Friday, December 28, 2012

Applied Linguistics Handouts: Testing Revisited


Applied Linguistics           Dr. Dalia
Third Year                         4

CALL Applications

Search Engines

  • What are they? a valuable tool for on-line research
  • How do they work? Two main ways:
    • Search directories (clicking down through listings in a search directory)
    • Web crawler technology: (typo a word or phrase in a search box and click on 'Search') Most popular way to find information on the net.
  • Different Kinds: Google - Altavista - Northern Light - Yahoo - Dogpile
Strategies for Using Web Searches in Teaching

  • First step is making students sharpen their research focus.
  • How? Using concept mapping - Online scavenger hunts
  • Concept Mapping
    • A concept map is a diagram showing the relationships among concepts. It is a way for organizing and representing knowledge.
    • It includes concepts, usually enclosed in circles or boxes, and relationships between concepts indicated by a connecting line linking two concepts.
    • These concepts are arranged from general to specific

    • Benefits of Using Concept Mapping
      • They help us to understand complex information "at-a-glance."
      • The primary function of the brain is to interpret incoming information to make meaning.
      • It is easier for the brain to make meaning when information is presented in visual formats.
      • This is why a picture is worth a thousand words.
  • Online scavenger hunts
    • What are they? A scavenger hunt is a game in which individuals or teams seek to gather a number of specific elements or perform tasks as given by a list. The goal is usually to complete the list first.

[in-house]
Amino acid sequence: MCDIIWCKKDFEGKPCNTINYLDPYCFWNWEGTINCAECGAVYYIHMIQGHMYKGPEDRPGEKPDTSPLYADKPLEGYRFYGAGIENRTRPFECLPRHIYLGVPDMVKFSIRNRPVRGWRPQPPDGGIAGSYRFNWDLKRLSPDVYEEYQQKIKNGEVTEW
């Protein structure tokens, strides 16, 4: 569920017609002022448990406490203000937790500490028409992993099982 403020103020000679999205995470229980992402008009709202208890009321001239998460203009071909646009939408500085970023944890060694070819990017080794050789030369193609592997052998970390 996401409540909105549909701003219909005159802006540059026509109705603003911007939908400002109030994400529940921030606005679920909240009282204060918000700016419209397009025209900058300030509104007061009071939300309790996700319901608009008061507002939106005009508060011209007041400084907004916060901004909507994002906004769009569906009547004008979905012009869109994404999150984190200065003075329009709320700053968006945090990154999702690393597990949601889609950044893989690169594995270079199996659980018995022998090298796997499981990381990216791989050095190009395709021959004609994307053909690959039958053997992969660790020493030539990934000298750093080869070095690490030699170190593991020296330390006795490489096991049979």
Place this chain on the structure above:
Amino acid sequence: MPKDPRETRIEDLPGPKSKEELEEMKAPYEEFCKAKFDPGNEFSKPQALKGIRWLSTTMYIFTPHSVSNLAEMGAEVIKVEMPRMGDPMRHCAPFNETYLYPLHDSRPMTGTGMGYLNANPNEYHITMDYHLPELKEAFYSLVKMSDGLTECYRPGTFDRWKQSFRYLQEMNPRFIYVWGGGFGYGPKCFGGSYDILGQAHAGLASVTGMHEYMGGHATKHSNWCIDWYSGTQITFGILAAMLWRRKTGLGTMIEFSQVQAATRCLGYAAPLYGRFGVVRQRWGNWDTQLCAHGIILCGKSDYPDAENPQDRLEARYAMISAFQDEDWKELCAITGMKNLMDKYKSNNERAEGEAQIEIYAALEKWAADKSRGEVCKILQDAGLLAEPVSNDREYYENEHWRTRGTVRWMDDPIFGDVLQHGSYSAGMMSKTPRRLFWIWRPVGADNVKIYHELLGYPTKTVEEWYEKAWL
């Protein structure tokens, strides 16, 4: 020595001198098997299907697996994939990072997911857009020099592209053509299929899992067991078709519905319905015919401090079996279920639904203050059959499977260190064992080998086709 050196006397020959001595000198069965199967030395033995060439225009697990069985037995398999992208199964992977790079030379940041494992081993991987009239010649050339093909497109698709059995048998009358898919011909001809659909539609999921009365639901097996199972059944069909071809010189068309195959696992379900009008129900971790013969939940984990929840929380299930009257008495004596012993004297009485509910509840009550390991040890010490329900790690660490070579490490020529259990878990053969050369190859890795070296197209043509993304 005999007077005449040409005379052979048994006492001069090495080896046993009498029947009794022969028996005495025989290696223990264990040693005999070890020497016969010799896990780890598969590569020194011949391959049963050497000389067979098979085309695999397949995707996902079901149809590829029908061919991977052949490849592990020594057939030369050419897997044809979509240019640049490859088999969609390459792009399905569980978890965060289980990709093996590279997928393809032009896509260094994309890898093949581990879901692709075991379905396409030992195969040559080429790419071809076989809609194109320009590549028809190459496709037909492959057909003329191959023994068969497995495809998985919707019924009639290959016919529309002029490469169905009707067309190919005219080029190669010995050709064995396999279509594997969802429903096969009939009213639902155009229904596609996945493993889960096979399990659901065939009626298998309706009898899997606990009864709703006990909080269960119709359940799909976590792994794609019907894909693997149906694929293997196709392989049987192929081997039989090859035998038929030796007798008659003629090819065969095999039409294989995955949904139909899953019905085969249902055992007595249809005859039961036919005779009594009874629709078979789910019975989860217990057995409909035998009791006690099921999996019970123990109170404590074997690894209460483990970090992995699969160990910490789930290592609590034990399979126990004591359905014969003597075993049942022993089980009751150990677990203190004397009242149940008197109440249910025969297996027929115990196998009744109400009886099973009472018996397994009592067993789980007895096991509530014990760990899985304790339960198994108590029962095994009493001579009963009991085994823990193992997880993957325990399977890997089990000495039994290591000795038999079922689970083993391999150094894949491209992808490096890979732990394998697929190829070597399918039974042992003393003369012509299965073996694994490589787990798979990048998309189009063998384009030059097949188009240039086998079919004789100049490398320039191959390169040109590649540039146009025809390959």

• Benefits of Scavenger Hunts:
      • One of the most popular tools for teaching students how to access and use the resources and information available on the Internet.
      • There are many reasons for the hunts’ rapidly growing popularity. Among them:
        • are easy to create and the resulting interactive searches are both fun and informative for students.
        • can be geared to any curriculum area, providing students with technological and subject matter knowledge.
    • More Benefits
      • can be used as a whole class activity, as a team activity, or as a means of providing individual students with review or challenge activities.
      • are flexible to suit different levels and ages
      • To conclude, a scavenger hunt is a way for students to practice problem solving, improve their reading and comprehension skills, and learn how to search the Internet.
  • Ideas:
    • Mammal Scavenger Hunt:;
      • Each student receives a handout with questions to answer and the websites the answer can be found on
      • Go to www.kidzone.ws/animals/mammals.htm and look at the four pages concerning mammals. Find the answers to the following questions:
        • How many kinds of mammals are there?
        • Are mammals warm or cold blooded?
        • Do dolphins have hair?
        • Which mammal does not have any teeth?
        • What does it mean to be a vertebrate?
      • Go to www.allaboutmammals.com and look for: